Tropical Forest Research Institute

Jabalpur, India

Tropical Forest Research Institute

Jabalpur, India
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Blue gum chalcid wasp, Leptocybe invasa Fisher & LaSalle (Hymenoptera: Eulophidae), is a major gall making insect species of eucalyptus, causing serious damage to seedlings in nursery stage. An insectary/nursery of eucalyptus was developed at this Institute to evaluate the effects of biopesticide, Spinosad 45% SC (CONSERVE 45% SC) and neonicotinoids, Acetamiprid 20% SP (SHARP 20% SP) and Imidacloprid 17.8% SL (MIDA 17.8% SL) against gall insect in seedlings. Spraying of biopesticide and neonicotinoids was carried out for six months at 15 days interval. Monthly observations were recorded on seedling height and development of galls in seedlings. Both biopesticide and neonicotinoids were found effective against L, invasa. Results revealed that spraying of biopesticide and neonicotinoids on seedlings of eucalyptus at the concentration of 0.05% significantly (P>0.05-P<0.01) reduced the gall formation and increased the height of seedlings. On the basis of seedling height and reduction in gall production, biopesticide and neonicotinoids used in the present work can be arranged in descending order: Imidacloprid > Acetamiprid > Spinosad. The findings suggest that spraying of biopesticide and neonicotinoids needs to be started before one month age of seedlings for management of gall insect to save eucalyptus in nursery stage.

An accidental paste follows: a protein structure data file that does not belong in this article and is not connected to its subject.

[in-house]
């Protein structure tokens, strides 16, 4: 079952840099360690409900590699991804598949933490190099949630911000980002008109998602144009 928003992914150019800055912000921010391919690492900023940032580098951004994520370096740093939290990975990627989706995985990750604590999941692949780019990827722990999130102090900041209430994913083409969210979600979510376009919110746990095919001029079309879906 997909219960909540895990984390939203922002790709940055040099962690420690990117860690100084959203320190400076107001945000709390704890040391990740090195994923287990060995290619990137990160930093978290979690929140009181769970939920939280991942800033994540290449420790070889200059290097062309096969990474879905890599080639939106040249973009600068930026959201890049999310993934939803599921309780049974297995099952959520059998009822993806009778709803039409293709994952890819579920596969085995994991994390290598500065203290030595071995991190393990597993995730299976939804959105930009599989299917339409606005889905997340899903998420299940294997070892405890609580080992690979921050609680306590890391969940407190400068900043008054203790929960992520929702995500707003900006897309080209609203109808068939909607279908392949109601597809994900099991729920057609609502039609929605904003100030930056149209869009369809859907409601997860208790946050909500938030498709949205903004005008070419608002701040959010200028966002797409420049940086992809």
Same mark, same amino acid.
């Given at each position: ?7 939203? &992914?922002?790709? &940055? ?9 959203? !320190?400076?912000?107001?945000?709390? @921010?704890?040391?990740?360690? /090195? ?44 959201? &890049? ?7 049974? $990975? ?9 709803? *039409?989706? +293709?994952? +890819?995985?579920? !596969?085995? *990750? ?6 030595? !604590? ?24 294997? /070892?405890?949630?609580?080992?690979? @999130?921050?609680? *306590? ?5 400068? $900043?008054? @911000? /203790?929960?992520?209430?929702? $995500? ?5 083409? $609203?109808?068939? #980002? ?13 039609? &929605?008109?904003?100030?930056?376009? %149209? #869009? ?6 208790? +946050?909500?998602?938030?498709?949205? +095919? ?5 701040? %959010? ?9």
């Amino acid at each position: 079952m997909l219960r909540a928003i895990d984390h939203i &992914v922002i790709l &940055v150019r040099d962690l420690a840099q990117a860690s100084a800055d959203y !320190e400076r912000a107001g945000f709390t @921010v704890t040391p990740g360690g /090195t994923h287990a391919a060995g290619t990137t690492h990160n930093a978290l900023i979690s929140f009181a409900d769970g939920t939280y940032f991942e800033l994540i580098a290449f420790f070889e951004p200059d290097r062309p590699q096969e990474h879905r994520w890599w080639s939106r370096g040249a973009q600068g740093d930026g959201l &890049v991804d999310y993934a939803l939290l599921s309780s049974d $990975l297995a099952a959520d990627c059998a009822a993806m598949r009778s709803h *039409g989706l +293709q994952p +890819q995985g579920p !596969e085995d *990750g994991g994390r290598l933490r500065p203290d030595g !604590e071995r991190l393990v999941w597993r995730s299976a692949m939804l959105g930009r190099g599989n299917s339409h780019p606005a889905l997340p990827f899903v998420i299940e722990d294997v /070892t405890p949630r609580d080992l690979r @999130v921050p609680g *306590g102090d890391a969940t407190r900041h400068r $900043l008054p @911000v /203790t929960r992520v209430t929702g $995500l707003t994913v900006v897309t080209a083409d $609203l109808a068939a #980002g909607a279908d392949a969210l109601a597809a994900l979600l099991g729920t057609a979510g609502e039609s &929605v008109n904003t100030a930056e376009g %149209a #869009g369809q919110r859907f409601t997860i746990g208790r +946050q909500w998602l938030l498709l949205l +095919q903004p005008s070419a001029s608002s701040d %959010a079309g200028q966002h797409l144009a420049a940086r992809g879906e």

Shukla A.K.,PDPM Indian Institute of Information Technology, Design & Manufacturing | Shukla A.K.,Tropical Forest Research Institute | Chelladurai H.,PDPM Indian Institute of Information Technology, Design & Manufacturing | Tiwari S.,Tropical Forest Research Institute
Materials Today: Proceedings | Year: 2017

Friction stir welding (FSW) uses a non consumable, continuously rotating tool to generate frictional heat required for joining different surfaces. Various welding parameters like tool shoulder diameter, tool rotational speed, tool pin length, welding speed, etc., play a major role in deciding the properties of friction stir welded joint. Three levels of input variables namely tool rotational speed and pre-heat time have been considered to carry out FSW process on 3mm thickness work piece of aluminium 1050 alloy. The experimental investigation is followed by statistical analysis to find out theoretical (predicted) values of the force. In this work an attempt has been made to analyze the effect of pre-heat time on force during friction stir welding of aluminium 1050 alloy. The results show that force decreases continuously with increase in pre-heat time. © 2017 Elsevier Ltd. All rights reserved.

Vijendra N.,Tropical Forest Research Institute | Kumar K.P.,Tropical Forest Research Institute
African Journal of Pharmacy and Pharmacology | Year: 2010